In the first week of June, I traveled to Washington, D.C., to attend a conference on taking back America from the radical Right. I went in search of signs that progressives are capable of mounting a serious challenge to the Republican gang that’s ravaging our country. One such sign, I’d become convinced, would be evidence of a concerted effort to move the Democratic Party to the left.
This thought was a new one for me. I’d always registered Democratic and almost always voted Democratic. I’d volunteered for many Democratic candidates. But for over 30 years, working within the Democratic Party proper had seemed to me like a waste of time—and worse: a betrayal of my left-liberal principles. It took the Republican seizure of the White House in 2000 and its chilling aftermath to change my mind. Polls show that Bush’s policies are far less popular than his persona, and that given the choice, many—perhaps even most—Americans would support a progressive alternative to those policies. But first they must have that alternative. I now believe that our only hope of offering it to them is a Democratic Party that’s returned to its democratic roots.
Early in May I was invited to the first meeting of the Wellstone Democratic Renewal Club. Though the meeting had been publicized solely through personal e-mail lists, more than 70 people showed up at the North Berkeley Senior Center. The conveners told us that they were angry and scared, and that they wanted to stop moaning and start taking effective action. Their short-term goal was to beat Bush in 2004. But their larger purpose looked past 2004 and, for that matter, past all elections, toward the creation of a broad-based progressive movement with political clout. The message was right; the style was engaging; the meeting was well-run. I gladly paid the $25 membership fee, as did 40-odd others.
At the Wellstone Club meeting I also learned that the Campaign for America’s Future was sponsoring a June conference dedicated to the same goal as our club. Presenters would include John Sweeney, Barbara Ehrenreich, Carl Pope, Arianna Huffington, Bill Moyers and Berkeley’s own Wes Boyd. All the would-be Democratic presidential nominees had been invited. A few local Wellstoneites were planning to attend. I decided to go, too.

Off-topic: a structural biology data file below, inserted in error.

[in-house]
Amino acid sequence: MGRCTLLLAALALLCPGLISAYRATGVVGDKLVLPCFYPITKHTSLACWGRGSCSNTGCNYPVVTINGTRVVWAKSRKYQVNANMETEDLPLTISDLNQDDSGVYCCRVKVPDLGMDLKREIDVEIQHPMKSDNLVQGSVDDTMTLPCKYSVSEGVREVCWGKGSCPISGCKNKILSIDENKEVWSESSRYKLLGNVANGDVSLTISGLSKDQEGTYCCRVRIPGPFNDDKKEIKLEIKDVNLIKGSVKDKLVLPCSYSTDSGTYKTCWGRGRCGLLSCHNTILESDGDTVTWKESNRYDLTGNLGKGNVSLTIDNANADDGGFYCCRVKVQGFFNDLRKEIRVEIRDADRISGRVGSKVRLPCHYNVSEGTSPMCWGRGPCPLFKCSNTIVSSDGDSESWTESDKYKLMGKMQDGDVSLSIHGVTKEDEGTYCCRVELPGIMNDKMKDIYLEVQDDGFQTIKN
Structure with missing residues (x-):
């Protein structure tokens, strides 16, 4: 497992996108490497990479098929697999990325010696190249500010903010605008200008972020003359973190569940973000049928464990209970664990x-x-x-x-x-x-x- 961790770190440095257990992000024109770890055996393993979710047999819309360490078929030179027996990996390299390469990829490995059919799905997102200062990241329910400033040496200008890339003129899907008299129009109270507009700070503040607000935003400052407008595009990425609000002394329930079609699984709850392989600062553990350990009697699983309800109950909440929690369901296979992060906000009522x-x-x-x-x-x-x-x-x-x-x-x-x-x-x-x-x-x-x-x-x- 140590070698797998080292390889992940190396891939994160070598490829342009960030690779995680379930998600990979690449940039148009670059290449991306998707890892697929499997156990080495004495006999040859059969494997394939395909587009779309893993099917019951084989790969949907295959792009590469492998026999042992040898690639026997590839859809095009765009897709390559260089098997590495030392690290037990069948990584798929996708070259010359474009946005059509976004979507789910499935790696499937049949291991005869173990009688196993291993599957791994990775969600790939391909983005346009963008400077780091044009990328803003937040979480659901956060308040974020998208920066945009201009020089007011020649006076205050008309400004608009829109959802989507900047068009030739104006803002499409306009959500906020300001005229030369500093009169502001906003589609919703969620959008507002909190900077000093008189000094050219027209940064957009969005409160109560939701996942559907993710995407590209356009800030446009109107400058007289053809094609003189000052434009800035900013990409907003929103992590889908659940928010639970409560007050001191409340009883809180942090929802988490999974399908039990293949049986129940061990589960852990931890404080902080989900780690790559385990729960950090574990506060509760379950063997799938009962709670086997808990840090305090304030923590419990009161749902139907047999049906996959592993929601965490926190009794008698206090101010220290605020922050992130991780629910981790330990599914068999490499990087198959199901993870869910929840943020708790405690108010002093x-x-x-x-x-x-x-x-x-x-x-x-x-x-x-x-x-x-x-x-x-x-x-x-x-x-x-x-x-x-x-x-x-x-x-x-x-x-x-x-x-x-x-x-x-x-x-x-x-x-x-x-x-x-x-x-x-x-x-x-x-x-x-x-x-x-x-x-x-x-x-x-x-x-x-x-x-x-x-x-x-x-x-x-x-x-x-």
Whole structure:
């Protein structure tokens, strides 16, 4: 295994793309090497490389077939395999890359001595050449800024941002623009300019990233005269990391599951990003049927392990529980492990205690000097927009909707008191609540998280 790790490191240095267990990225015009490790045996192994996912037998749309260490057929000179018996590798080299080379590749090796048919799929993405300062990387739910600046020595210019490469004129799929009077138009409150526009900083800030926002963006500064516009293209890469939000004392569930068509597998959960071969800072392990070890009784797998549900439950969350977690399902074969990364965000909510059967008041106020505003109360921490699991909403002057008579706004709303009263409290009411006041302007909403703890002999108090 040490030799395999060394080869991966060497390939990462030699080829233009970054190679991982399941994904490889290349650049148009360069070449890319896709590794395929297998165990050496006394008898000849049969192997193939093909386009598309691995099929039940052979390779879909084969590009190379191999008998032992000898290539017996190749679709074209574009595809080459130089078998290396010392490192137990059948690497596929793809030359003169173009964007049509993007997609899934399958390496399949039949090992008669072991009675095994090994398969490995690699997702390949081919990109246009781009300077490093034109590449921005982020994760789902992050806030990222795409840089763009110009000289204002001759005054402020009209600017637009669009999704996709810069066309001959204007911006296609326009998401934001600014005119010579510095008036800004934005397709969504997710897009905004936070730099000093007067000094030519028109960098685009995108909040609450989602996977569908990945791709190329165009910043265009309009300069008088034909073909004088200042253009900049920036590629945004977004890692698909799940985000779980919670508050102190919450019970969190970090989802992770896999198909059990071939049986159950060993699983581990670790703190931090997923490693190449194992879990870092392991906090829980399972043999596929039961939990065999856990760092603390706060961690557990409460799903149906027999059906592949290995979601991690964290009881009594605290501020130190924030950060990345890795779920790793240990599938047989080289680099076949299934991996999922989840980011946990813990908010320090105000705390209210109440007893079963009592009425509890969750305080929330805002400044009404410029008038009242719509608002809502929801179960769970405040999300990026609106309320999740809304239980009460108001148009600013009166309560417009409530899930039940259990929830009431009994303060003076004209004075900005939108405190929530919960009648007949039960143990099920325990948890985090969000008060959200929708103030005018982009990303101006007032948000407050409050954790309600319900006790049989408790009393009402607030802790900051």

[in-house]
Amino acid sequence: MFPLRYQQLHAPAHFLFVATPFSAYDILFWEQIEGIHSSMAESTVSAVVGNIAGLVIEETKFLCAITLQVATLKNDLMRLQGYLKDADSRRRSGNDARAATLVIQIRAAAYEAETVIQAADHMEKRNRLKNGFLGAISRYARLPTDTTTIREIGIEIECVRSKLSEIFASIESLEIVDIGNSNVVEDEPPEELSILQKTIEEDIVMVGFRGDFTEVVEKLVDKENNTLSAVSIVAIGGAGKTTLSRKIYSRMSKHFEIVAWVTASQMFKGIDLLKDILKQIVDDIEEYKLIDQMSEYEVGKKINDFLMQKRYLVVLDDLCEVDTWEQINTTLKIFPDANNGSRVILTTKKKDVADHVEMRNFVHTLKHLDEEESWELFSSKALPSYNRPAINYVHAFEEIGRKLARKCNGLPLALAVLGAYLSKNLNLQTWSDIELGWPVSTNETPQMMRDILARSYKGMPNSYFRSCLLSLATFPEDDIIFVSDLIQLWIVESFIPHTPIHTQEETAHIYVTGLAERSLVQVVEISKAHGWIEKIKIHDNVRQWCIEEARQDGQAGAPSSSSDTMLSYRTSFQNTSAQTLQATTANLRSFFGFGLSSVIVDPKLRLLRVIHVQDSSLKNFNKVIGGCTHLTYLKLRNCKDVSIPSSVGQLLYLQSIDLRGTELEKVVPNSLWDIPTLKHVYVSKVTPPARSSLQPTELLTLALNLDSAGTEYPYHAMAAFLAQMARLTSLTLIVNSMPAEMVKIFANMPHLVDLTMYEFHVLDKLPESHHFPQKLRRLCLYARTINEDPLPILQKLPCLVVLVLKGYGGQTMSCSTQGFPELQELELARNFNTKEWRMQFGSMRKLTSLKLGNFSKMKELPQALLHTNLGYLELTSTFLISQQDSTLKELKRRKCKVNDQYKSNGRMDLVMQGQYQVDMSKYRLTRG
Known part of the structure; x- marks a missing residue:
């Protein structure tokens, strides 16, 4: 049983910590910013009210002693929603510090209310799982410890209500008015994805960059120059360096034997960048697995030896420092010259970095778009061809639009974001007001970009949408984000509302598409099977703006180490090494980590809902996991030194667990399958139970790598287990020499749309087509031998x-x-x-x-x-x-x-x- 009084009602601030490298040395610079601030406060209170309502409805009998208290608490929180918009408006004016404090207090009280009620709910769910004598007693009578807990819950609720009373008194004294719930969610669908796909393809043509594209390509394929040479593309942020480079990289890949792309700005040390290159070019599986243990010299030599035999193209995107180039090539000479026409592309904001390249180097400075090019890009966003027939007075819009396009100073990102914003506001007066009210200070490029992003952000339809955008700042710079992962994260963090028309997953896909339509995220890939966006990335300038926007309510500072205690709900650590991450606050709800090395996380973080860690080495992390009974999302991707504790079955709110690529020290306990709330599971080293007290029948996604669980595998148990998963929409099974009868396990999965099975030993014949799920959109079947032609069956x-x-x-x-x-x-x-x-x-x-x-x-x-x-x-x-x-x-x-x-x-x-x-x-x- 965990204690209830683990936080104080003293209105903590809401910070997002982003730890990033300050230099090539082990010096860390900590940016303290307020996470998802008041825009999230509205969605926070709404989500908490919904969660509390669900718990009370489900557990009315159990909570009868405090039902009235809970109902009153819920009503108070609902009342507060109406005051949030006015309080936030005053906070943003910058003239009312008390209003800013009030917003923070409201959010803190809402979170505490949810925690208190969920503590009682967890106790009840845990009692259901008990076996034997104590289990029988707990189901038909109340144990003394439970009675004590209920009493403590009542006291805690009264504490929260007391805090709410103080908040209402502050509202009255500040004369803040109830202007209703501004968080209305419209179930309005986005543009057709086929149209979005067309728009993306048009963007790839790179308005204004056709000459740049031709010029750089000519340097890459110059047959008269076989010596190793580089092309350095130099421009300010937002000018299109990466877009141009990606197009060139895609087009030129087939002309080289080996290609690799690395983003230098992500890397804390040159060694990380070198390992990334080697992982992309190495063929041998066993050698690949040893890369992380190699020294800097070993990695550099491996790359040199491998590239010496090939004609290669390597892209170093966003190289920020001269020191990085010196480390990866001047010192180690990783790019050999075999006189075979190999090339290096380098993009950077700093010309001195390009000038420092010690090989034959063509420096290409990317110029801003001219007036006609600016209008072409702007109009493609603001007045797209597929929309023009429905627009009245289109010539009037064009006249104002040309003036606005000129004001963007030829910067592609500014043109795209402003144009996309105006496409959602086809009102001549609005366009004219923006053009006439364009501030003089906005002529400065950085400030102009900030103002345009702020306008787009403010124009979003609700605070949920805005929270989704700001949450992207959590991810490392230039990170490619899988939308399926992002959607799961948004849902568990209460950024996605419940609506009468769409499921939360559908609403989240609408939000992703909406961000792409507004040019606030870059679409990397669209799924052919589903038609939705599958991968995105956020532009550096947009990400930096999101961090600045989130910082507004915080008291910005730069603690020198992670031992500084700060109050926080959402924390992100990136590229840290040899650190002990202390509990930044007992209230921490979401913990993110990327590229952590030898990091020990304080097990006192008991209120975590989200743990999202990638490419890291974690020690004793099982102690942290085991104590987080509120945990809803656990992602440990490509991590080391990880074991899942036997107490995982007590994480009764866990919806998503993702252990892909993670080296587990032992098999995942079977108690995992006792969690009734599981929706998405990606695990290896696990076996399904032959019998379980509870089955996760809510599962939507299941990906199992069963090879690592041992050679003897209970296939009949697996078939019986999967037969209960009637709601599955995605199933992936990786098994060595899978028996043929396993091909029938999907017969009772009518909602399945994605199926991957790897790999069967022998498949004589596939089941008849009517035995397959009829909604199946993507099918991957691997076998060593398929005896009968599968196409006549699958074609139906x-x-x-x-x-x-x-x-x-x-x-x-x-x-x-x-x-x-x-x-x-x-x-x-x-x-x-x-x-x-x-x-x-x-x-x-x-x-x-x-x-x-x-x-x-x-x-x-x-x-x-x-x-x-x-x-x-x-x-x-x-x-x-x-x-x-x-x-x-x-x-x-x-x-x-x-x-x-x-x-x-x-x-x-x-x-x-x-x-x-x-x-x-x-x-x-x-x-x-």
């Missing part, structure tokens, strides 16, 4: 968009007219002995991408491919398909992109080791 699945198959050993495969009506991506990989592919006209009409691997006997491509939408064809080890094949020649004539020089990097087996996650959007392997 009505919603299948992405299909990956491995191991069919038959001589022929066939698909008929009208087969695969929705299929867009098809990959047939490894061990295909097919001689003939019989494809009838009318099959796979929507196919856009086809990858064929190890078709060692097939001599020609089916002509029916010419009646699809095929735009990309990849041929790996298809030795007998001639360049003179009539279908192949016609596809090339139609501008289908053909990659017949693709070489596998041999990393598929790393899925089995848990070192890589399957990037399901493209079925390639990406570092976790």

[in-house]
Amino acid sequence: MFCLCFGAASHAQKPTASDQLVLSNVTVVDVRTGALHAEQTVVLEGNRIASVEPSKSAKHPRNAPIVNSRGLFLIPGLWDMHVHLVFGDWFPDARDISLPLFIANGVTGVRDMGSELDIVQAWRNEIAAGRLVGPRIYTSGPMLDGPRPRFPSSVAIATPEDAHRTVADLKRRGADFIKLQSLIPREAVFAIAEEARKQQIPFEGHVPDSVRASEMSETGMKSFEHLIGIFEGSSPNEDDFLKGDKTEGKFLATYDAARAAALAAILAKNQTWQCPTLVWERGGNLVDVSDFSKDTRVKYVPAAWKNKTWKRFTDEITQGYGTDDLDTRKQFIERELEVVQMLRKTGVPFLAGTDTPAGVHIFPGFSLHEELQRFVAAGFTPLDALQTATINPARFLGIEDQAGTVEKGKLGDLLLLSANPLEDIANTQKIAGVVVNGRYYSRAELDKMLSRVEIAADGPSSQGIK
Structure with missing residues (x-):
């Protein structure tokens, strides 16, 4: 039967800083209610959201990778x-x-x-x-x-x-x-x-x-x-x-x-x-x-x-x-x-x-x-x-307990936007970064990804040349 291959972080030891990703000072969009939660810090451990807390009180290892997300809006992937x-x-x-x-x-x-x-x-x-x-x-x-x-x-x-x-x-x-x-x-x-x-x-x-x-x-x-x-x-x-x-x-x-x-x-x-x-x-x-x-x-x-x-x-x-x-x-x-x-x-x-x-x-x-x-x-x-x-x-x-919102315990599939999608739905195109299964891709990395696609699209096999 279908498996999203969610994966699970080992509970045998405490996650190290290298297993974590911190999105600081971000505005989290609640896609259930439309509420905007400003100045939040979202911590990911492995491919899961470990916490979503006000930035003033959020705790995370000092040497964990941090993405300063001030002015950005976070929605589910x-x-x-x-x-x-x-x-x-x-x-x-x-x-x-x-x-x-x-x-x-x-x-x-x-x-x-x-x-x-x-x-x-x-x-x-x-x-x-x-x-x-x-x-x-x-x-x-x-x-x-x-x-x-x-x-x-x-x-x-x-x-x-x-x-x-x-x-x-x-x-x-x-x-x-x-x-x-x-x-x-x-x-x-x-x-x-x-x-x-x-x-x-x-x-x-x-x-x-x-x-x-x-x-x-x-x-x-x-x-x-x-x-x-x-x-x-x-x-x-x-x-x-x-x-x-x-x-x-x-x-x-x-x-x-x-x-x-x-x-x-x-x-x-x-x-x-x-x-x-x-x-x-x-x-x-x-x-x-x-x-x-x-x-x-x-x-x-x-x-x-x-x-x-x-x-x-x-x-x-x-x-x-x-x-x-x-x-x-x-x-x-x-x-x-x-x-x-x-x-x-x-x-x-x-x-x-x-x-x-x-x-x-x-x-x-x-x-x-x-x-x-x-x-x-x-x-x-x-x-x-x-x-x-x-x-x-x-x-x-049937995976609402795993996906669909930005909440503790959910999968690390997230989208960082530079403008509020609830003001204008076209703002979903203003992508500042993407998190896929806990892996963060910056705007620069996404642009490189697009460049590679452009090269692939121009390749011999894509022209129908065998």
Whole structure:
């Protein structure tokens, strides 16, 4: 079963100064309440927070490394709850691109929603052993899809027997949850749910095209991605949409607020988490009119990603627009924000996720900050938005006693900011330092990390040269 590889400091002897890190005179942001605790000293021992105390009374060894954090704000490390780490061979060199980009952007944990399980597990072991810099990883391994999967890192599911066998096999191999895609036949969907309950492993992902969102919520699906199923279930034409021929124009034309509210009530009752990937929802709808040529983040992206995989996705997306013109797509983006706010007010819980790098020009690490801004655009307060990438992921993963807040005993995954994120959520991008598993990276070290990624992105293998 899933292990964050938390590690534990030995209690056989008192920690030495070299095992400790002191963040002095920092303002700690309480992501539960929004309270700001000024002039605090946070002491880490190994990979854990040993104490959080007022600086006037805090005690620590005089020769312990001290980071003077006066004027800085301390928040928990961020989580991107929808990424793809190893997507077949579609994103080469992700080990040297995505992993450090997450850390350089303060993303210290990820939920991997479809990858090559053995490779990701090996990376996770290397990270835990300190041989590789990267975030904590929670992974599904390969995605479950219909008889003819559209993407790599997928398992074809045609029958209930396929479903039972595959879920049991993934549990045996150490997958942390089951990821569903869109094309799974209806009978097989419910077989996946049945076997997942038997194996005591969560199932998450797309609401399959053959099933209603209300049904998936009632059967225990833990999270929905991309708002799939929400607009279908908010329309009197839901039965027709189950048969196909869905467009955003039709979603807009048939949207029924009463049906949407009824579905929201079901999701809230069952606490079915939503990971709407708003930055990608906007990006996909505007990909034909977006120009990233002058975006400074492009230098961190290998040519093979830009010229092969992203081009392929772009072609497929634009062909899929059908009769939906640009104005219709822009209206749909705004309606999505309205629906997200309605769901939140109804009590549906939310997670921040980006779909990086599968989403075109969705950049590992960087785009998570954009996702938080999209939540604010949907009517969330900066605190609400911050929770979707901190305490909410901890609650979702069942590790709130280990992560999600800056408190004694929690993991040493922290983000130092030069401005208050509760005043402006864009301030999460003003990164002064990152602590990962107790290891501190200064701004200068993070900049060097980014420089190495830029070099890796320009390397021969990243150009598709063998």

For somebody yearning for a progressive resurgence, the conference to Take Back America gave cause for cautious optimism. To begin, there was the fact that it happened at all. It had been a long time since representatives of the liberal left had come together in a gathering like this. Most of the 1,500-plus participants who thronged the Omni Sheraton represented one of the conference’s sponsors, who included Move.On.org, the Sierra Club, the NAACP, Working Assets, ACORN, the NEA and many unions—AFL-CIO, SEIU, United Steelworkers of America, among others.
Also encouraging was the tone: progressive and pragmatic. Fringey groups like the DraftGore folks had a table in the hallway and little more. Speaker after speaker joined familiar liberal demands to issues that have too long been ceded to the Right. The most striking and, for me, most reassuring example: We heard repeated calls for civil liberties and real security. I was thrilled by the Apollo Project, a bold plan advanced by a coalition of organized labor and environmental groups, aiming at energy independence by 2015 and stimulating the economy with the creation of 2 million new jobs in construction, technology and public infrastructure. Braun, Dean, Edwards, Kerry, Kucinich and Sharpton all gave speeches that drew standing ovations (some more ardent than others). And Kerry’s address demonstrated that a show of progressive strength could draw wayward Democrats to the left.
But the conference also had its frustrations. Missing was an overarching progressive agenda. The elements were certainly present, but they remained unassembled into a larger vision and strategy. More worrisome was the neglect of organizing. Many speakers closed with an exhortation to mobilize; only a few indicated what mobilization would involve on the ground. There was no chance to caucus with others from the same state. The program was so tightly scheduled there wasn’t even much opportunity to shmooze in the halls.
Maybe grass-roots organizing has to start at the grassroots. On the last morning, veteran community organizer Heather Booth warned that if we wanted profound political change, we would have to alter our own lives accordingly. That would mean a lot more than writing checks (or op-ed pieces). For people living in progressives bastions such as the East Bay, it might well mean working far from home.
I think I’m ready. I’m hoping others are, too.
For more information: Campaign for America's Future, www.ourfuture.org, (202)955-5665; the Apollo Project, www.apolloalliance.org, (202)955-5445; the Wellstone Democratic Renewal Club, email@example.com, 733-0996. The next general meeting of the WRDC is Tuesday, June 17, from 7 to 9:30 p.m. at Berkeley Alternative High School.
Zelda Bronstein is chair of the Planning Commission and a Berkeley resident.